Running the Hammer

In order to verify the functionality of the Hammer, we provide a complete bring-up sketch on GitHub. This will help to validate that every component is wired correctly and functional.

#include <ButtonDebounce.h>
#include <Wire.h>
#include <Adafruit_GFX.h>
#include <Adafruit_SSD1306.h>
#include <Adafruit_Sensor.h>
#include <Adafruit_BME280.h>
#include <Adafruit_LIS3DH.h>
#include <IRremote.hpp>
#include <Adafruit_NeoPixel.h>
#include "pitches.h"

#define SIDE_BUTTON_PIN A2
#define BACK_BUTTON_PIN A3
#define BUZZER_PIN A0
#define IR_SEND_PIN D13
#define IR_RECEIVE_PIN D9
#define NEOPIXEL_PIN A1

#define NUM_PIXELS 2

#define SCREEN_ADDRESS 0x3C
#define BME280_ADDRESS 0x76
#define LIS3DH_ADDRESS 0x18

// Buzzer implementation note
// notes in the melody:
int melody[] = {
NOTE_C4, NOTE_C5, NOTE_C6, NOTE_C7, NOTE_C8, NOTE_C7, NOTE_C6, NOTE_C5, NOTE_C4
};

ButtonDebounce sideButton(SIDE_BUTTON_PIN, 200);
ButtonDebounce backButton(BACK_BUTTON_PIN, 200);

#define SCREEN_WIDTH 128 // OLED display width, in pixels
#define SCREEN_HEIGHT 32 // OLED display height, in pixels

Adafruit_SSD1306 display(SCREEN_WIDTH, SCREEN_HEIGHT, &Wire, -1);
Adafruit_BME280 bmeSensor;
Adafruit_LIS3DH lisSensor = Adafruit_LIS3DH();
Adafruit_NeoPixel pixels(NUM_PIXELS, NEOPIXEL_PIN, NEO_GRB + NEO_KHZ800);

void sideButtonChanged(const int state) {
if (state == 1) {
Serial.println("Button Verified: " + String(state));
digitalWrite(LED_BUILTIN, HIGH);
} else {
digitalWrite(LED_BUILTIN, LOW);
}
}

void backButtonChanged(const int state) {
if (state == 0) {
Serial.println("Button Verified: " + String(state));
digitalWrite(LED_BUILTIN, HIGH);
} else {
digitalWrite(LED_BUILTIN, LOW);
}
}

void theaterChase(uint32_t color, int wait) {
for(int a=0; a<10; a++) { // Repeat 10 times...
for(int b=0; b<3; b++) { // 'b' counts from 0 to 2...
pixels.clear(); // Set all pixels in RAM to 0 (off)
// 'c' counts up from 'b' to end of strip in steps of 3...
for(int c=b; c<pixels.numPixels(); c += 3) {
pixels.setPixelColor(c, color); // Set pixel 'c' to value 'color'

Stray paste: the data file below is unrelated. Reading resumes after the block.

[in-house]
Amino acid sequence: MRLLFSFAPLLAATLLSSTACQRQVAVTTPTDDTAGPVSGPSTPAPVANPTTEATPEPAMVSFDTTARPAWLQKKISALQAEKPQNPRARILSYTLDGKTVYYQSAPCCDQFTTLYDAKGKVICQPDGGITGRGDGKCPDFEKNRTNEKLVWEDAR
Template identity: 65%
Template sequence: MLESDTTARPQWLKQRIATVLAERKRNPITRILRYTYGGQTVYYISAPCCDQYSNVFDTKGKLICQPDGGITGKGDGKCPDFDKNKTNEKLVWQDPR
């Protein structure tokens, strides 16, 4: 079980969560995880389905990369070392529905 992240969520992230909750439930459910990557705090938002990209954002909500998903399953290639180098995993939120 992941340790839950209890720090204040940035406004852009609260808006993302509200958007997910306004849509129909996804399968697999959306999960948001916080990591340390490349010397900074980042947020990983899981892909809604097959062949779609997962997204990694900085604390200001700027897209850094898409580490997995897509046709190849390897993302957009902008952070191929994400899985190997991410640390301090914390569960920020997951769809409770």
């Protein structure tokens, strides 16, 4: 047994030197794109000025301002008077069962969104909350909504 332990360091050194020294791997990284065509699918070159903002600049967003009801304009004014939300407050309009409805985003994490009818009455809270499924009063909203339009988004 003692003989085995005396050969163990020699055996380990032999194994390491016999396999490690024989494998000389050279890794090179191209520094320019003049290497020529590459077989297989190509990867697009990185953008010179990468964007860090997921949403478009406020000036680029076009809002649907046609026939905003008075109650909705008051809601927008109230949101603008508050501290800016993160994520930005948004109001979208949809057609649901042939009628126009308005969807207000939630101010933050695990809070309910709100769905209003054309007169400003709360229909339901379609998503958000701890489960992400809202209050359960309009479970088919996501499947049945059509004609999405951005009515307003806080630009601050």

}
pixels.show(); // Update strip with new contents
delay(wait); // Pause for a moment
}
}
}

void setup() {
Serial.begin(115200);
delay(2500);
Serial.println("Hammer of Blues Verification");
Serial.println("============================");

pinMode(LED_BUILTIN, OUTPUT);
digitalWrite(LED_BUILTIN, HIGH);

if(!display.begin(SSD1306_SWITCHCAPVCC, SCREEN_ADDRESS)) {
Serial.println(F("SSD1306 allocation failed"));
for(;;); // Don't proceed, loop forever
}
Serial.println("Screen Connected");

display.setRotation(2);
display.clearDisplay();

noTone(BUZZER_PIN);
tone(BUZZER_PIN, 0, 500);
delay(250);

noTone(BUZZER_PIN);

for (int thisNote = 0; thisNote < 9; thisNote++) {
tone(BUZZER_PIN, melody[thisNote], 500);

delay(250);
noTone(BUZZER_PIN);
}
delay(250);

noTone(BUZZER_PIN);

IrSender.begin(IR_SEND_PIN);
IrReceiver.begin(IR_RECEIVE_PIN);

pixels.begin();
pixels.show();

display.setTextSize(1);
display.setTextColor(SSD1306_WHITE);
display.setCursor(0,0);
display.println(F("Hammer of Blues!"));
display.display();

unsigned bmeStatus = bmeSensor.begin(BME280_ADDRESS, &Wire);
if (!bmeStatus) {
Serial.println("Could not find a valid BME280 sensor, check wiring, I2C address");
} else {
Serial.println("BME280 Connected");
}

display.setCursor(0,10);
display.print("Temp: ");
display.print(bmeSensor.readTemperature());
display.println(" C");
display.display();

if (!lisSensor.begin(LIS3DH_ADDRESS)) {
Serial.println("Could not find a valid LIS3DH Sensor, check wiring, I2C address");
}
Serial.println("LIS3DH Connected");

lisSensor.setRange(LIS3DH_RANGE_8_G);
lisSensor.read();
display.setCursor(0,20);
display.print("X: ");
display.print(lisSensor.x);
display.print(" Y: ");
display.print(lisSensor.y);
display.print(" Z: ");
display.println(lisSensor.z);
display.display();

sideButton.setCallback(sideButtonChanged);
backButton.setCallback(backButtonChanged);

theaterChase(pixels.Color( 0, 0, 127), 50); // Blue

digitalWrite(LED_BUILTIN, LOW);
}

uint16_t sAddress = 0x0102;
uint8_t sCommand = 0x34;
uint8_t sRepeats = 0;

void loop() {
sideButton.update();
backButton.update();
}

In the full Hammer of Blues repository, you'll see a sneak peek of some of the other projects we walk folks through during the workshop, including the Edge Impulse gesture recognition ML solution that tracks "chops", "waves", and "idle" motions.

Get a Hammer the Easy Way

Not interested in building your own Hammer of Blues? Join the Blues Wireless team at an upcoming workshop where we dive into the intersection of Machine Learning and the Cloud at:

Happy Hacking (and Hammering!) 🔨

Schematics, diagrams and documents

Github

Credits

Photo of Blues Wireless

Blues Wireless

The Notecard makes wireless IoT developer-friendly. Finally.